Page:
Other factors such as chieftaincy and sub-national power dynamics, weak decentralization systems, and the proliferation of small arms and light weapons also contribute to the conflicts in Ghana. 

There have been recent clashes between sections of the Gonja and Mamprusi communities, along a contentious border between the Soo and Wasipe traditional areas in the North East and Savanna Regions. As of June 2023, at least, seven people had been killed and several others injured in this renewed clash.

The decades-long Bawku conflict between Mamprusi and Kusasi ethnic groups has also been of concern to the government and other stakeholders. Many people have been killed, several others have been injured and properties are being destroyed as the clashes rage on.

Earlier in March 2023, some military personnel stormed Ashaiman to brutalise civilians after a military officer, Trooper Sherrif Imoro, was allegedly stabbed in the neighbourhood. 

Also in the Greater Accra Region, there has been a turf war between the communities around the Songhor Lagoon in Ada and Electrochem Ghana Limited since the government leased the lagoon to a private company in 2020. Some of the clashes have resulted in a blood bath.

The National Peace Council raised concerns about some inciting comments by political parties in Ghana and the security agencies to address recent increases in inciteful comments by politicians.

Key Findings of the 2023 Global Peace Index

  • Iceland has been ranked the most peaceful country in the world since 2008. 
  • Afghanistan on the other hand is ranked the least peaceful country in the world for the eighth consecutive year, followed by Yemen, Syria, South Sudan, and the Democratic Republic of the Congo. 
  • Europe is the most peaceful region in the world.
  • Even though the Middle East and North Africa (MENA) region remained the world’s least peaceful region, it, together with North America, saw the largest improvement in peace in the 2023 index.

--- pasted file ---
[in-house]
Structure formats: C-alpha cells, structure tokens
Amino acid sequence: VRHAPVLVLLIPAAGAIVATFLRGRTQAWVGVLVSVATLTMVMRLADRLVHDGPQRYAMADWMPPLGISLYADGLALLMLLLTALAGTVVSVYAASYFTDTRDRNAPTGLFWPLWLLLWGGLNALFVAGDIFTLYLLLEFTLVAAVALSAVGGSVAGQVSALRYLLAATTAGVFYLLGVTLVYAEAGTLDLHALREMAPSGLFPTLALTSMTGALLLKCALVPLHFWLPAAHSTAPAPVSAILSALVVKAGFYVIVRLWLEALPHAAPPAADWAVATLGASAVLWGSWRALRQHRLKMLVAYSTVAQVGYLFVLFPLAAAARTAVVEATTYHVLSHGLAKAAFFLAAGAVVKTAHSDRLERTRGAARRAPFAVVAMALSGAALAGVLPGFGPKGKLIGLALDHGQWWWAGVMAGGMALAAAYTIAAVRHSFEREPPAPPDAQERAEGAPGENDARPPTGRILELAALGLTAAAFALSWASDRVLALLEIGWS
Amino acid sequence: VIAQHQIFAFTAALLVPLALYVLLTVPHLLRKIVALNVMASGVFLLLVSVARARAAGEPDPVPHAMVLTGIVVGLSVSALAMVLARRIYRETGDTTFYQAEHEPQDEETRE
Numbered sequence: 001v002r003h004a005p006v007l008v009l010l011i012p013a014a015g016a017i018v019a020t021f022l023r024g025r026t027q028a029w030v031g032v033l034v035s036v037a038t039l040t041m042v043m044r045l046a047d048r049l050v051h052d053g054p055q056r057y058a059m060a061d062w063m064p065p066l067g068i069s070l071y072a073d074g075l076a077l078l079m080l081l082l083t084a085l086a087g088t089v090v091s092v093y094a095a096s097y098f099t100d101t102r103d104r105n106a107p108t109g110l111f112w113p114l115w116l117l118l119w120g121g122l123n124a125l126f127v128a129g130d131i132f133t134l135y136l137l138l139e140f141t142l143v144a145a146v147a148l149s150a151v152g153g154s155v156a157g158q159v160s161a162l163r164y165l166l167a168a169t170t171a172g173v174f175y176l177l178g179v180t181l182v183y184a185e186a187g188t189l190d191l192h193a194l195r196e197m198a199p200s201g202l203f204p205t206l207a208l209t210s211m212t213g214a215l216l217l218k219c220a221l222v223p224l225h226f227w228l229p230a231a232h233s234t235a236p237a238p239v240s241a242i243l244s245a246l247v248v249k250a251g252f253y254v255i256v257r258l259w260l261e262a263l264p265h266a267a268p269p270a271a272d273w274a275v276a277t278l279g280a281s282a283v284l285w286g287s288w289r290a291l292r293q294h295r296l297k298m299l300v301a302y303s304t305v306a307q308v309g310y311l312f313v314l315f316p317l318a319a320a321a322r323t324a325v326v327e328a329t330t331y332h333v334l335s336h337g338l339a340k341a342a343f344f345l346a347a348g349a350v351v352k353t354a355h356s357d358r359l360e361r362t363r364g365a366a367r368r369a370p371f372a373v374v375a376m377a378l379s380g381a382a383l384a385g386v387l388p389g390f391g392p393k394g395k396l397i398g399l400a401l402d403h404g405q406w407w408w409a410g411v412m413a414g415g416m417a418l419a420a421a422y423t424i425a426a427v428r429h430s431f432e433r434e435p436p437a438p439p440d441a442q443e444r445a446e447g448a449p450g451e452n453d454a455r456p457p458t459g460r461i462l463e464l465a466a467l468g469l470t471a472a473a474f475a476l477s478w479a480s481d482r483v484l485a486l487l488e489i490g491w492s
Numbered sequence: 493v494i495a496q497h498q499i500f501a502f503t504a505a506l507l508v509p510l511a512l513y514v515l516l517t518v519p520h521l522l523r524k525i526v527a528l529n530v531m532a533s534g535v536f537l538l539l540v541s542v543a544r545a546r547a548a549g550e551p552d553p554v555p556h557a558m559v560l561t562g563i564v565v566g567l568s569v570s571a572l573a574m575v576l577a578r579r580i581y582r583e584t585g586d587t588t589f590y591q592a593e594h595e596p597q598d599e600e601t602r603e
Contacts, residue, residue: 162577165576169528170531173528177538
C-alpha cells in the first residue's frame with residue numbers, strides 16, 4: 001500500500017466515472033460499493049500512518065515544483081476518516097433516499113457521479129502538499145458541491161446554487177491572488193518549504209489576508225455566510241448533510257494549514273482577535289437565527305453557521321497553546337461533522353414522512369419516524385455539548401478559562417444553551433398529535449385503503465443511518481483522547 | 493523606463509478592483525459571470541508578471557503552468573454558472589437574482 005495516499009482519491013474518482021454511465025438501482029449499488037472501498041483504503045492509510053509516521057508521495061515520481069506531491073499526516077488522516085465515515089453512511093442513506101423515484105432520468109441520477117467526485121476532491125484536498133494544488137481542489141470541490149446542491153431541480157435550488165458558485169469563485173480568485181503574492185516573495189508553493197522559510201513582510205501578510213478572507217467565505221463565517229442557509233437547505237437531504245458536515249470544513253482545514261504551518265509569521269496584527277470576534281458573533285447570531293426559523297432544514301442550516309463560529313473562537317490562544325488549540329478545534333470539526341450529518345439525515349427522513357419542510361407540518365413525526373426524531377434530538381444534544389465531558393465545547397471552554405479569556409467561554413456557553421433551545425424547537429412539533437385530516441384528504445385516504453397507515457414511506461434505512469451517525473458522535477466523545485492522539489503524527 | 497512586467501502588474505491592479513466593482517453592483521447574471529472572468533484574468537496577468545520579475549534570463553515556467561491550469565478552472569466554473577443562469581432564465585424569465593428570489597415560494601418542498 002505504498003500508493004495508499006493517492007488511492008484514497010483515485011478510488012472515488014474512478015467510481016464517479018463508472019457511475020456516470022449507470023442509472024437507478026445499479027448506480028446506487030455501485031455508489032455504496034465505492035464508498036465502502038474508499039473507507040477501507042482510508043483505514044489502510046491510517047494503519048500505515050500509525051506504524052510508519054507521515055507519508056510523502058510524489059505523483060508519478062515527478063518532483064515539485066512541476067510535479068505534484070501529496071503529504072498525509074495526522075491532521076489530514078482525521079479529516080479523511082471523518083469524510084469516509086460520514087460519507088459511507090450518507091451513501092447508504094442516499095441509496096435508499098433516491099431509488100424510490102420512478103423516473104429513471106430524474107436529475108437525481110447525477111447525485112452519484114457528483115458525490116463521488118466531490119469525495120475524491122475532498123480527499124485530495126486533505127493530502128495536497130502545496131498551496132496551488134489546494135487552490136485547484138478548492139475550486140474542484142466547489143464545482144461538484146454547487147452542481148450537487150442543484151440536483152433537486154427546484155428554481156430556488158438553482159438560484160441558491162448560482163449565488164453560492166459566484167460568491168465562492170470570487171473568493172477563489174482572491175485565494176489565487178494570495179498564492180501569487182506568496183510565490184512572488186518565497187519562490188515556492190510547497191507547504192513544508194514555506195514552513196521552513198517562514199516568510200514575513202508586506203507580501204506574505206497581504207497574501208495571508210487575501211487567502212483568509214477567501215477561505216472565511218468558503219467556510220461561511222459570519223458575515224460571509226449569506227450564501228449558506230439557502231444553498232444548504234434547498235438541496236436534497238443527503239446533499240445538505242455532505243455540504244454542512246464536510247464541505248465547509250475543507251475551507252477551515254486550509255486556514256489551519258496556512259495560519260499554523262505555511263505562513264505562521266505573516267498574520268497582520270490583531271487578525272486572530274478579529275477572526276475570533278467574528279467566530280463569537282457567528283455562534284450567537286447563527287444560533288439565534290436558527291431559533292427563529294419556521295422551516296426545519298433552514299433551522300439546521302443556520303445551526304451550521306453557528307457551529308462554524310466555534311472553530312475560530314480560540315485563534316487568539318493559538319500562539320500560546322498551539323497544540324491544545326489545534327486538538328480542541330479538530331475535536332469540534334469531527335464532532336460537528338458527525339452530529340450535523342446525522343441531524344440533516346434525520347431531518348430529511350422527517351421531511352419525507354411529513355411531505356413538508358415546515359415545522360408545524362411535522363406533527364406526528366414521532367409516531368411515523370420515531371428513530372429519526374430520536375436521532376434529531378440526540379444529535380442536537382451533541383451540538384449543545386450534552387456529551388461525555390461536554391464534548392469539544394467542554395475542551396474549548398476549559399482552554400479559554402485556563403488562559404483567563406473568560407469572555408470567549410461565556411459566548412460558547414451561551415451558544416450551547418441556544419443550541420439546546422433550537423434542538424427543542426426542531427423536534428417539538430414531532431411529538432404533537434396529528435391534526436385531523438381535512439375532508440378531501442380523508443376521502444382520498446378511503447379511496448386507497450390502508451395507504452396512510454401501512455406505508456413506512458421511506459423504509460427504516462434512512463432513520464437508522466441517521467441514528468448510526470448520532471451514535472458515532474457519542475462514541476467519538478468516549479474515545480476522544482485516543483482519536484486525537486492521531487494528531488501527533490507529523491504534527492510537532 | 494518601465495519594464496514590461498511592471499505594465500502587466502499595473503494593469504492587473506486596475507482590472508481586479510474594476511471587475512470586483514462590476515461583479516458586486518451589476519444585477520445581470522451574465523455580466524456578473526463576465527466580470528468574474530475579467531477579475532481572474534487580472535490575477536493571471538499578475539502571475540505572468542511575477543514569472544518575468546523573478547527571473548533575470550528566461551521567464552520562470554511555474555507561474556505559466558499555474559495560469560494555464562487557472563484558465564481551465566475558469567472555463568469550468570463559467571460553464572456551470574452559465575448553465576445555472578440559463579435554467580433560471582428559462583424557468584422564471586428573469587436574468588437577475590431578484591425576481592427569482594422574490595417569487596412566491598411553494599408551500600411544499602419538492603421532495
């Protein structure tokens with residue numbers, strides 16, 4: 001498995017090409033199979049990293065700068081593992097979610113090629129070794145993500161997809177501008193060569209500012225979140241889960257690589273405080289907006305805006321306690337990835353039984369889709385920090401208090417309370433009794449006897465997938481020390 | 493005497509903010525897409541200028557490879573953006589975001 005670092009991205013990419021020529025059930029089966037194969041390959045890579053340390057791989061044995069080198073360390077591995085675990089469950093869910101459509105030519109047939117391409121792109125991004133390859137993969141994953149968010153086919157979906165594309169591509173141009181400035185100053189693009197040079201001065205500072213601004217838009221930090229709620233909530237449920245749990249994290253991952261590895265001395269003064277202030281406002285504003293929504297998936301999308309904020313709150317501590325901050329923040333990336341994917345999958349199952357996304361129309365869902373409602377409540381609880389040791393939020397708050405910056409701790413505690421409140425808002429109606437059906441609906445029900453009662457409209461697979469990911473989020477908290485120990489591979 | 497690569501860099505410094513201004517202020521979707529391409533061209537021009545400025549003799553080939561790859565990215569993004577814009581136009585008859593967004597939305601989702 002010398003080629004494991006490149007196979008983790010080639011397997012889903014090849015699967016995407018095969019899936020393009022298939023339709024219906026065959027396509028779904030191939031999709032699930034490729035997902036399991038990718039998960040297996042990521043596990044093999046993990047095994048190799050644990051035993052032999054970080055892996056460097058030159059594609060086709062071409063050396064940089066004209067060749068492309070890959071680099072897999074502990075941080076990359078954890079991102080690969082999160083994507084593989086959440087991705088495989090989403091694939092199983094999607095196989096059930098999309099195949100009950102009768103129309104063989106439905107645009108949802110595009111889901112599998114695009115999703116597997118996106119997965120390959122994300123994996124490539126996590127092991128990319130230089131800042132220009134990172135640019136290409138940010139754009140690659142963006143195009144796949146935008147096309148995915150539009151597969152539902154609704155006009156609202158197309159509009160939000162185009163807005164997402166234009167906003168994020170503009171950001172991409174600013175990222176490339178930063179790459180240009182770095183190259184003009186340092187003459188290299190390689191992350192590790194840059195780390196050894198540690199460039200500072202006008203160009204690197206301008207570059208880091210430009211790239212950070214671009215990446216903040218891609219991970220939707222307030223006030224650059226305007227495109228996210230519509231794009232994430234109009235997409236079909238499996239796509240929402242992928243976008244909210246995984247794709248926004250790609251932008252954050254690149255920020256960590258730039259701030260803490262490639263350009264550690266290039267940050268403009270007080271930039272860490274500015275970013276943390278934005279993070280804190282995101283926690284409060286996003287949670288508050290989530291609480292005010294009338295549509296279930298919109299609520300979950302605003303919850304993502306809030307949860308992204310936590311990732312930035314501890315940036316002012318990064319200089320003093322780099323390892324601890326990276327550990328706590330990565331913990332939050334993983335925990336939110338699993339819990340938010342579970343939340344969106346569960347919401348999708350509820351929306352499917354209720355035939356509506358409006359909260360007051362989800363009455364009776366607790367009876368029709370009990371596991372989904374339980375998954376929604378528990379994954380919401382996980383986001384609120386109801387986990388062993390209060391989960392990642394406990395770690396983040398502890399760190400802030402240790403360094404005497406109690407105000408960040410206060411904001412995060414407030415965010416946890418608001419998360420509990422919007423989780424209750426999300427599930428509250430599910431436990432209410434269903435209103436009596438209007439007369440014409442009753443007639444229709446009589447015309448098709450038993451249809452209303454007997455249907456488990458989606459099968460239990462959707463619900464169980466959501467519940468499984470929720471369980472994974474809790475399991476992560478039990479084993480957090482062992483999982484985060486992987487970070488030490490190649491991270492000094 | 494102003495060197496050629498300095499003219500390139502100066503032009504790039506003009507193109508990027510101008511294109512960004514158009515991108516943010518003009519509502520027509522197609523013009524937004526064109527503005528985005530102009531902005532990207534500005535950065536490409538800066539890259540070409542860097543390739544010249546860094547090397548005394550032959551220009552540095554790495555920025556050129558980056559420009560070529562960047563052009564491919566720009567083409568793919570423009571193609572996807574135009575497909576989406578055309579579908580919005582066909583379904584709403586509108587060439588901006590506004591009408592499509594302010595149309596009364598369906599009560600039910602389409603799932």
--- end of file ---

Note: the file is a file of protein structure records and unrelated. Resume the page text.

• North America’s improvement was driven by improvements in Canada. Canada’s overall peacefulness improved as a result of the domains of Ongoing Conflicts and Safety and Security. Over the past year, Canada has seen improvements in the Political Terror Scale, terrorism impact, incarceration rate, and perceptions of criminality.
  • Qatar has been the most peaceful country in the MENA region since 2008.
  • Russia and the Eurasia region saw the largest regional deterioration. 
  • The Russia-Ukraine war impacted global peacefulness greatly with Ukraine and Russia having the largest and fifth largest deteriorations in peacefulness respectively. Haiti, Mali, and Israel were the other countries with the largest deterioration. 
  • Libya showed the largest level of improvement in peacefulness for the second successive year. 
  • Drones have also played a major role in many conflicts, with military and commercial drones utilized in large numbers in Ukraine, Ethiopia, and Myanmar. The total number of drone attacks increased by 40.8 percent from 2022, with the number of different groups using drones increasing by 24 percent.